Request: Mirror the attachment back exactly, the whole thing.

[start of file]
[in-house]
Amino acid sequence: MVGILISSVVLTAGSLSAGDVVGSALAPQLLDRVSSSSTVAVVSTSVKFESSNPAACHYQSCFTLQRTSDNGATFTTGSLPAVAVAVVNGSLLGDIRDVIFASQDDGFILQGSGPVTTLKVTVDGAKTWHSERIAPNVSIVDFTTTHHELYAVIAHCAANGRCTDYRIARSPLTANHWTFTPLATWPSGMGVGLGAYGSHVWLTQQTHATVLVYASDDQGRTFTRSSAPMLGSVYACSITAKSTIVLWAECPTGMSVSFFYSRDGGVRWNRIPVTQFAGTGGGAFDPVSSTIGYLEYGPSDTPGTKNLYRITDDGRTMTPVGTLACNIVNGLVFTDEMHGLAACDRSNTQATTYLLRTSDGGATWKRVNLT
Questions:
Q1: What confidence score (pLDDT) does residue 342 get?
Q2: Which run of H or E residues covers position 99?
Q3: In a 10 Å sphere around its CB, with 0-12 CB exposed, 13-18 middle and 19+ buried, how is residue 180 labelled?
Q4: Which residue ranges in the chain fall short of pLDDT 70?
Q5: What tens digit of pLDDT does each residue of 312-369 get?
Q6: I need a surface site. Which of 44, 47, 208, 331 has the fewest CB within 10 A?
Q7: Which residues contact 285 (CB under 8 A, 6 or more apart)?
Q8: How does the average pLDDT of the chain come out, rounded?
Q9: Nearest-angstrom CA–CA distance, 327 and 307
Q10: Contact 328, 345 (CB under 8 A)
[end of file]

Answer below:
[in-house]
Amino acid sequence: MVGILISSVVLTAGSLSAGDVVGSALAPQLLDRVSSSSTVAVVSTSVKFESSNPAACHYQSCFTLQRTSDNGATFTTGSLPAVAVAVVNGSLLGDIRDVIFASQDDGFILQGSGPVTTLKVTVDGAKTWHSERIAPNVSIVDFTTTHHELYAVIAHCAANGRCTDYRIARSPLTANHWTFTPLATWPSGMGVGLGAYGSHVWLTQQTHATVLVYASDDQGRTFTRSSAPMLGSVYACSITAKSTIVLWAECPTGMSVSFFYSRDGGVRWNRIPVTQFAGTGGGAFDPVSSTIGYLEYGPSDTPGTKNLYRITDDGRTMTPVGTLACNIVNGLVFTDEMHGLAACDRSNTQATTYLLRTSDGGATWKRVNLT
Questions:
Q1: What confidence score (pLDDT) does residue 342 get?
Q2: Which run of H or E residues covers position 99?
Q3: In a 10 Å sphere around its CB, with 0-12 CB exposed, 13-18 middle and 19+ buried, how is residue 180 labelled?
Q4: Which residue ranges in the chain fall short of pLDDT 70?
Q5: What tens digit of pLDDT does each residue of 312-369 get?
Q6: I need a surface site. Which of 44, 47, 208, 331 has the fewest CB within 10 A?
Q7: Which residues contact 285 (CB under 8 A, 6 or more apart)?
Q8: How does the average pLDDT of the chain come out, rounded?
Q9: Nearest-angstrom CA–CA distance, 327 and 307
Q10: Contact 328, 345 (CB under 8 A)